Their bowling attack was always going to struggle in the absence of the mighty ‘Murali’ and ‘slinger Malinga’ and although they do have a strong batting line-up it was never easy for them once the ball started to swing and seam about, as it invariably does early in the English season.

The Sri-Lanka fielding was distinctly average and their body language at times, as they shivered in the outfield, suggested they would rather have been back in Kandy or Colombo – wouldn’t we all?

The stand out players for Sri Lanka were captain Tillakaratne Dilshan, who missed the final game but batted marvellously at Lord’s for his 193 – the highest score by a Sri Lankan at the ground, and Prasanna Jawardene, an extremely  tidy wicketkeeper batsman.   

Kumar Sangakkara, an elegant left hander of the highest quality, has never lived up to his reputation in English conditions but on the last day of the series, in what was most likely his final Test innings over here, he came up with the century that had previously eluded him, and at a time when his country most needed it.     

England will be disappointed that they didn’t make the most of winning situations at Lord’s or Southampton, partly due to the weather but probably more so due to their inability to bowl out Sri Lanka when the ball wasn’t moving around much.

The batsman did well, with the exception of captain Strauss who struggled against pretty innocuous looking left arm seam bowling, in much the same way that ‘KP’ often does against slow left arm spinners, but I’m sure he’ll play his way back into form.

Alistair Cook has continued, his rich vein of form, from where he left off in the Ashes series, and Ian Bell’s stroke play is an absolute delight to behold at the moment. By remaining not out in three out of his four of innings in the series he  finished with an unlikely average of 331!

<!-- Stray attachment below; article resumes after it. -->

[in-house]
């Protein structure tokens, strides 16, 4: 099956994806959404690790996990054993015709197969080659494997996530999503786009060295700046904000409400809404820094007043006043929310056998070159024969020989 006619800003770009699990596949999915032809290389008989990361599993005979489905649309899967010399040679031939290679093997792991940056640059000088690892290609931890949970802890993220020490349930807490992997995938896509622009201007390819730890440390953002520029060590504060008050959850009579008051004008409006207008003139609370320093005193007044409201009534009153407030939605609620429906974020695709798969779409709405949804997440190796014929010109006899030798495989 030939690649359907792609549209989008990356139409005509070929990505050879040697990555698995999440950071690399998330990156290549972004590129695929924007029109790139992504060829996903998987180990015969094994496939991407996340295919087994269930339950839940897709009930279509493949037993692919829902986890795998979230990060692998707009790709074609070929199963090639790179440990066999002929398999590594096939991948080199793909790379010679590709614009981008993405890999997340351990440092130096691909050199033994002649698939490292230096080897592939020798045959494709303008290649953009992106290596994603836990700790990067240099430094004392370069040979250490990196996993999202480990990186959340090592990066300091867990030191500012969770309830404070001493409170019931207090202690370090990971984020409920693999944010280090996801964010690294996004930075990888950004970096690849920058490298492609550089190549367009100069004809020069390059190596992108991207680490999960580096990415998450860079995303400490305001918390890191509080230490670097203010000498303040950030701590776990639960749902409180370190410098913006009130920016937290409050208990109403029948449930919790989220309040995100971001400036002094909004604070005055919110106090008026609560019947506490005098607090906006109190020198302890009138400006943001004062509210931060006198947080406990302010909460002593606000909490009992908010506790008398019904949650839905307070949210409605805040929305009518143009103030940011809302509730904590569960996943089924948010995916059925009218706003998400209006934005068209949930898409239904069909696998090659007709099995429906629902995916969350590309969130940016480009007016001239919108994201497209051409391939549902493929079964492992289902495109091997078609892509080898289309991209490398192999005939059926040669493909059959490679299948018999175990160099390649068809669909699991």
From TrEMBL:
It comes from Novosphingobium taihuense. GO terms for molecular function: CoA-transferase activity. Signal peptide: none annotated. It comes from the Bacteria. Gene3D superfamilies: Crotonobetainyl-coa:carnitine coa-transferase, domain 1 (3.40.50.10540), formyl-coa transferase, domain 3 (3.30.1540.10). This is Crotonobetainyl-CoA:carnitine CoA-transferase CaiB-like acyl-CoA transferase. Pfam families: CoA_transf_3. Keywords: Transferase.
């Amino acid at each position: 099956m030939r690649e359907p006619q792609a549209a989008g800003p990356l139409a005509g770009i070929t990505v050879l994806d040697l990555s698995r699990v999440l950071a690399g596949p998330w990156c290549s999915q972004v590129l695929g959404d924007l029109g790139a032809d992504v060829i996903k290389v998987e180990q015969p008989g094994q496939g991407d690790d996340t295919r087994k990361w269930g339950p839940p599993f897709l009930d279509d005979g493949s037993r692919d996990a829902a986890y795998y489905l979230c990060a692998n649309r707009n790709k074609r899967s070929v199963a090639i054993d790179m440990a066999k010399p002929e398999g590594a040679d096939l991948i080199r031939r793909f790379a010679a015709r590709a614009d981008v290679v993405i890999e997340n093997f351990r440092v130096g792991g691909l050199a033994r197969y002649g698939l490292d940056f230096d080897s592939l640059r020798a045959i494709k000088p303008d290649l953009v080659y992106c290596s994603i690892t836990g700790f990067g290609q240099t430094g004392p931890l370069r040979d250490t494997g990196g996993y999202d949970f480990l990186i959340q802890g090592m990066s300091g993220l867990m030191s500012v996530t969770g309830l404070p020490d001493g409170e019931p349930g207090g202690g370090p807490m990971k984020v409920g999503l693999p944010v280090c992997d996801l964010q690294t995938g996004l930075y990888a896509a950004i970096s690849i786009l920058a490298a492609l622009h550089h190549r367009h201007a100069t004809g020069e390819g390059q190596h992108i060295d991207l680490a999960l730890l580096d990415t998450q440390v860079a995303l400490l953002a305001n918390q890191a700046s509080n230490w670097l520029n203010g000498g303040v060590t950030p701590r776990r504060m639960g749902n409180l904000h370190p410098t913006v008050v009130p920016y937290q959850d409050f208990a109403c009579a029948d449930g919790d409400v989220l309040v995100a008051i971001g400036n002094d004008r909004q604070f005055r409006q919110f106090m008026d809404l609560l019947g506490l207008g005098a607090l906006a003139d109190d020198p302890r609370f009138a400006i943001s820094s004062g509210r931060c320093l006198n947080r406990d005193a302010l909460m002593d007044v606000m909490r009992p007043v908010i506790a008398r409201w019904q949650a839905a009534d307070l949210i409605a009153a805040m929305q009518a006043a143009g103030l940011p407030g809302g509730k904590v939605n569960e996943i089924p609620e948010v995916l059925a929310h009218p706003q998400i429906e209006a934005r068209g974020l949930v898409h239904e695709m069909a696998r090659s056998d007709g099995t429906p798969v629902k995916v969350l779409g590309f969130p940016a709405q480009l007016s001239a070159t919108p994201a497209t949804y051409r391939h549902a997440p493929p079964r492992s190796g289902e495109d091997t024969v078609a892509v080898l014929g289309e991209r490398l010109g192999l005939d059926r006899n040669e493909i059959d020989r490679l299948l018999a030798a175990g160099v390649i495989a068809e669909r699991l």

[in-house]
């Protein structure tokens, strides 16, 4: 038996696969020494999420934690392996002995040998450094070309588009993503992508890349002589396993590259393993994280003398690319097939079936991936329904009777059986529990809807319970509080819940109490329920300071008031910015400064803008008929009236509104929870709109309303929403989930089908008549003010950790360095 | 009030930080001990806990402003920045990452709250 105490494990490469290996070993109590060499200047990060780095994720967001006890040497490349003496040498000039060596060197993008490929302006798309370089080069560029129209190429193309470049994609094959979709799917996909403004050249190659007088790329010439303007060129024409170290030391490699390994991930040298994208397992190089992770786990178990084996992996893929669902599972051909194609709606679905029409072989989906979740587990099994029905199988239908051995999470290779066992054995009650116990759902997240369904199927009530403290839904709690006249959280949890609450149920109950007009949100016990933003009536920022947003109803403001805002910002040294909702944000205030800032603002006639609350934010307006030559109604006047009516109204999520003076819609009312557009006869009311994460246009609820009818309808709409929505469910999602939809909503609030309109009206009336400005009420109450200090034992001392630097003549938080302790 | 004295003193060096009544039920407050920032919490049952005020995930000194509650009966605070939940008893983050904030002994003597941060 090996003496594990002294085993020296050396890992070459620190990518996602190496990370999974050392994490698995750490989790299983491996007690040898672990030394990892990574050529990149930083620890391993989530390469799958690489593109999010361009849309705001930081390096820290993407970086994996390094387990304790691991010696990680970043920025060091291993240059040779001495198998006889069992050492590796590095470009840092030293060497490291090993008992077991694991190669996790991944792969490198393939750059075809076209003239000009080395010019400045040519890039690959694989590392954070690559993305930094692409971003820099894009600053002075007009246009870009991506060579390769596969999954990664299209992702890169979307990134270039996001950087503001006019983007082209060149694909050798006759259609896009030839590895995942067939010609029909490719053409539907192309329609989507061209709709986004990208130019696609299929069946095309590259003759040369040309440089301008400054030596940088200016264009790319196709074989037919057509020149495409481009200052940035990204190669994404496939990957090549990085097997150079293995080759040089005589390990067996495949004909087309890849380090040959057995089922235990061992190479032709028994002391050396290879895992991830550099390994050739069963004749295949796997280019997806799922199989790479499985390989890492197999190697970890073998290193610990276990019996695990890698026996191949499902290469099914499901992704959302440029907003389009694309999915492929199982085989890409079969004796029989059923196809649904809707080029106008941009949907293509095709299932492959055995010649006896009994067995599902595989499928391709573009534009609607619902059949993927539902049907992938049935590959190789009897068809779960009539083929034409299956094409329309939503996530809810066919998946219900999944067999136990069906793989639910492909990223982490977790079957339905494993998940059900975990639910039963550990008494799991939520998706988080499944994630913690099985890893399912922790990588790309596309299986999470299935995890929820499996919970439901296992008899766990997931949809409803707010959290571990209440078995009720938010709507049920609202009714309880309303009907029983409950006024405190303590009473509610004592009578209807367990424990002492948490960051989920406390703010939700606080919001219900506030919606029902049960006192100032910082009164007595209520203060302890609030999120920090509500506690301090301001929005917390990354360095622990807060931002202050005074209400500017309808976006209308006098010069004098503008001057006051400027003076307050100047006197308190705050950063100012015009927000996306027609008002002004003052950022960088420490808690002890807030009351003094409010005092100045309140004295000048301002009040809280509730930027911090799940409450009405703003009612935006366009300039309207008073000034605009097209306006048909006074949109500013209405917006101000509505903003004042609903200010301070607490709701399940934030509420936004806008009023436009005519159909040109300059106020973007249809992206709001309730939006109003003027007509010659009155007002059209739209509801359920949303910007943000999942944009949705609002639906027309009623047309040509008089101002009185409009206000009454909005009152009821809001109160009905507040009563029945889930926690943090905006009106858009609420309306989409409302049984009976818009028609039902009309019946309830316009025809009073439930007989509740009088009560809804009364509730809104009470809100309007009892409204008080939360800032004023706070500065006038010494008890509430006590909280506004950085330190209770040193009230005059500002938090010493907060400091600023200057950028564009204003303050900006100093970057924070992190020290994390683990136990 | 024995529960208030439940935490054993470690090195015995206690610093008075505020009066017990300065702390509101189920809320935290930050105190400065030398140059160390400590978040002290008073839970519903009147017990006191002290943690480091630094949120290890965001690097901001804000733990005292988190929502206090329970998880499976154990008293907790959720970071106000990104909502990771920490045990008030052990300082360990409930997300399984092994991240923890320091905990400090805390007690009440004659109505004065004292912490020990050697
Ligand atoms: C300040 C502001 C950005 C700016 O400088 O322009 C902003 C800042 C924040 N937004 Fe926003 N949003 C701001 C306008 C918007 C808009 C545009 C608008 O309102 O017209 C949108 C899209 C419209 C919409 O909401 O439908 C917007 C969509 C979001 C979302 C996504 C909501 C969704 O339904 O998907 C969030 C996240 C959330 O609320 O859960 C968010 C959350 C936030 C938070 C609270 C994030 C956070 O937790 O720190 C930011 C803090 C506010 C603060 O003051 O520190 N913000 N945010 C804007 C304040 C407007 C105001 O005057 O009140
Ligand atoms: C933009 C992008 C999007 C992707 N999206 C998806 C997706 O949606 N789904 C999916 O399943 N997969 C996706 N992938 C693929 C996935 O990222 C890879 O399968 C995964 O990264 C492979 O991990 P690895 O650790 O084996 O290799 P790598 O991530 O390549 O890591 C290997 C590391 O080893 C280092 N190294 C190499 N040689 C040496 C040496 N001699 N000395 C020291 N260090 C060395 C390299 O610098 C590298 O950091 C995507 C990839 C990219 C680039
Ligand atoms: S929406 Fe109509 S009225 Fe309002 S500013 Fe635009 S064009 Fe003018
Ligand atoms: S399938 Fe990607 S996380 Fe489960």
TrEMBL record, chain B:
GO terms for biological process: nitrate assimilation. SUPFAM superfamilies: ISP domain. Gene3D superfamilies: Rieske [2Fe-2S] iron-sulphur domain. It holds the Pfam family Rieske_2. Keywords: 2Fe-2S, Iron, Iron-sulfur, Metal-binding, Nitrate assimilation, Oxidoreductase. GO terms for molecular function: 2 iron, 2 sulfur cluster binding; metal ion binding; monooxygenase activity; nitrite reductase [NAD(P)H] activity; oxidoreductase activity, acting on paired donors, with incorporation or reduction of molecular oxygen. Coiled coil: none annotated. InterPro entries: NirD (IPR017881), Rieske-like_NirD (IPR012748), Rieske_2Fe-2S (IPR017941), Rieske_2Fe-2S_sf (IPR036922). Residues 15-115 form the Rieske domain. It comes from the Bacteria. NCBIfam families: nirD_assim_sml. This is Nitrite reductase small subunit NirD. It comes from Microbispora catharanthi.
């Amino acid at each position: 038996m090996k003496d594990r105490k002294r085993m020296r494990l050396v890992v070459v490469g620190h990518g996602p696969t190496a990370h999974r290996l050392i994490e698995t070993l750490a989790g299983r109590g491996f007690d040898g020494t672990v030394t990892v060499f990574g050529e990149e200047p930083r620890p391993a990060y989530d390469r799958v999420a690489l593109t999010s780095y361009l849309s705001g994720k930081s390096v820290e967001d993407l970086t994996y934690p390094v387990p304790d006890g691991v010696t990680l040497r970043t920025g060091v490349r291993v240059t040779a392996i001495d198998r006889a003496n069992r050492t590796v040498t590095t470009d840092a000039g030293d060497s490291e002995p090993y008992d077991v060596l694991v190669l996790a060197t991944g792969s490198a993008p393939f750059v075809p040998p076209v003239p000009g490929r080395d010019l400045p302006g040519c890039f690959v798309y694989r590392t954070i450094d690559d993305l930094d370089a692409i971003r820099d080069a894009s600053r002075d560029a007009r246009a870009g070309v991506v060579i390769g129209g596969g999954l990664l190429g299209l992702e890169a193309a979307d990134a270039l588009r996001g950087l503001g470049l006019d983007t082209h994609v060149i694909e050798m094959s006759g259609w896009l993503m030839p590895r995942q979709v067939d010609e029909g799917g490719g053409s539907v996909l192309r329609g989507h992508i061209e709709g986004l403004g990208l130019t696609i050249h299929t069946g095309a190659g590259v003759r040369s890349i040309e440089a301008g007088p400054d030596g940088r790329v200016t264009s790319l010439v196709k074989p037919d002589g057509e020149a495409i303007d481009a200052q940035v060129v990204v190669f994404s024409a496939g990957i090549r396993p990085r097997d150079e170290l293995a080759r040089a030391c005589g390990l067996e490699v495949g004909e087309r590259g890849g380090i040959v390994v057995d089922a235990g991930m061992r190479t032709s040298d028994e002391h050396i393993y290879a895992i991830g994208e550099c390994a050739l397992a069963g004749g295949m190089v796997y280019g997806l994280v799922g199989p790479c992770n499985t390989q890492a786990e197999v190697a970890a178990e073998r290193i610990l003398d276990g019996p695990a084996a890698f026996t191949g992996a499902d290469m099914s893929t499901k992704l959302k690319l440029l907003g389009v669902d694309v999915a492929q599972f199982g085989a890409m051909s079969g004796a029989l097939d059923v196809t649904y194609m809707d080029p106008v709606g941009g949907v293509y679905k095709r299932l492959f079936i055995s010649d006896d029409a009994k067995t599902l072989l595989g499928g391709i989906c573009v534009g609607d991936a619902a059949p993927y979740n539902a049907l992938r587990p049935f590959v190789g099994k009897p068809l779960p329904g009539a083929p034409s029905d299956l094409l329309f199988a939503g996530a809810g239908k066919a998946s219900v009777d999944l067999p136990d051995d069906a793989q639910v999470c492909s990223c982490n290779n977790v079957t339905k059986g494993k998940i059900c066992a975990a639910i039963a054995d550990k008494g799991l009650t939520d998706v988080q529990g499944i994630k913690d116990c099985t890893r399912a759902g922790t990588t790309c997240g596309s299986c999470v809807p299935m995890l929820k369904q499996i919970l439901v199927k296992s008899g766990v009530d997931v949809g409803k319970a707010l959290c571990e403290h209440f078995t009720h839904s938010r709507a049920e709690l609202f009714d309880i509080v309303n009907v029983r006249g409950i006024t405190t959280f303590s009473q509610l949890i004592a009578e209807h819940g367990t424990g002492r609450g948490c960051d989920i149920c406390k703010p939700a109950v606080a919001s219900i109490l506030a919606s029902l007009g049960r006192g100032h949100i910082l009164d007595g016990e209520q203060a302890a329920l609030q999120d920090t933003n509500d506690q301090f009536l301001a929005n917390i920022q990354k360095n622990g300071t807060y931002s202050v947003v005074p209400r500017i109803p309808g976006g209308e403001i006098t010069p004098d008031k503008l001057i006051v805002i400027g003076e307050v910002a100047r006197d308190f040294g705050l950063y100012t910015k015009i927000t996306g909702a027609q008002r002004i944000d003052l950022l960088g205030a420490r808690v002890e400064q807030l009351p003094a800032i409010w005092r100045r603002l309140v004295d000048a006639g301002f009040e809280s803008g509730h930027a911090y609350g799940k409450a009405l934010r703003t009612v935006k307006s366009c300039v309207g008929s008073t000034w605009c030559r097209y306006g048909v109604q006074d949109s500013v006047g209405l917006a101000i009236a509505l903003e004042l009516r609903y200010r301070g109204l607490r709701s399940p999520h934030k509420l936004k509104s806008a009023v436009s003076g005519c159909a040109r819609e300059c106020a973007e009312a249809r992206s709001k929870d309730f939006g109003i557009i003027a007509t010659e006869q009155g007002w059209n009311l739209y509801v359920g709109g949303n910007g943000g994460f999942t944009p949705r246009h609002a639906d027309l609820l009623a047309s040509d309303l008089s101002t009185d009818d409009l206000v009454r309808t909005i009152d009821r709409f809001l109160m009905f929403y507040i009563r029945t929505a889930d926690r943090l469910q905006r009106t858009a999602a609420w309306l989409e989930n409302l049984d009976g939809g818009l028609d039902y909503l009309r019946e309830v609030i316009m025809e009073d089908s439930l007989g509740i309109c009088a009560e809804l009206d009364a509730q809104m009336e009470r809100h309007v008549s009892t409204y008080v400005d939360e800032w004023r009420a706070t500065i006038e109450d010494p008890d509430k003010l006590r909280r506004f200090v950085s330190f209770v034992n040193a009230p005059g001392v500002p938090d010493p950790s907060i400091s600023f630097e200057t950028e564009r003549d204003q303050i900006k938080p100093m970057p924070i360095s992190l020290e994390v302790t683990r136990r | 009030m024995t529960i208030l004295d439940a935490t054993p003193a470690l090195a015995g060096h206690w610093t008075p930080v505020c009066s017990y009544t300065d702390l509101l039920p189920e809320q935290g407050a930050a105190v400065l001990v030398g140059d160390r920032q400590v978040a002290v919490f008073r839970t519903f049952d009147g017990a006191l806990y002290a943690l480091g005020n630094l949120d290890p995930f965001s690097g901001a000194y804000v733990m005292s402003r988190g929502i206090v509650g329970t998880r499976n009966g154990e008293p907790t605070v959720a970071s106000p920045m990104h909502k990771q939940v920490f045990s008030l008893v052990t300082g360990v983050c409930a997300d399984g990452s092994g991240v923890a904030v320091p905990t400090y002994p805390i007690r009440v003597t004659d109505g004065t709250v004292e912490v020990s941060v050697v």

Chris Tremlett was the pick of the England bowlers, fluent, fast, accurate and aggressive. It was great to see him, a Southampton lad and former Hampshire player, delivering the opening ball of the inaugural Test at the Rose Bowl, and finishing up as the first name on brand new honours board for his first innings six wicket haul.

With the selectors seemingly fixed on playing  only four frontline bowlers, England are always going to struggle to bowl sides out twice if one of them is misfiring, which seems to be the case with Stuart Broad, at the moment. Stephen Finn, who when he is selected, has a much better strike rate, is breathing down his neck at the moment.            

Having been somewhat underwhelmed by Cardiff as a Test venue, I was extremely impressed with the Rose Bowl. Where, fifteen years ago, cattle stood grazing on the site of a derelict hill side Hampshire farm, a stunning transformation has taken place and there now stands an intimate Test match ground which is both functional and aesthetically pleasing. The setting is stunning and the sight lines from anywhere within the arena are excellent. The ability to stroll around the wide concourse for a beer while still keeping an eye on the play is an added bonus!       

Regardless of what the farmers say, let’s hope the sun shines on the forthcoming Test series against India, currently the number one side in the world. I’ve got tickets booked for Trent Bridge and Edgbaston so I’m keeping my fingers crossed!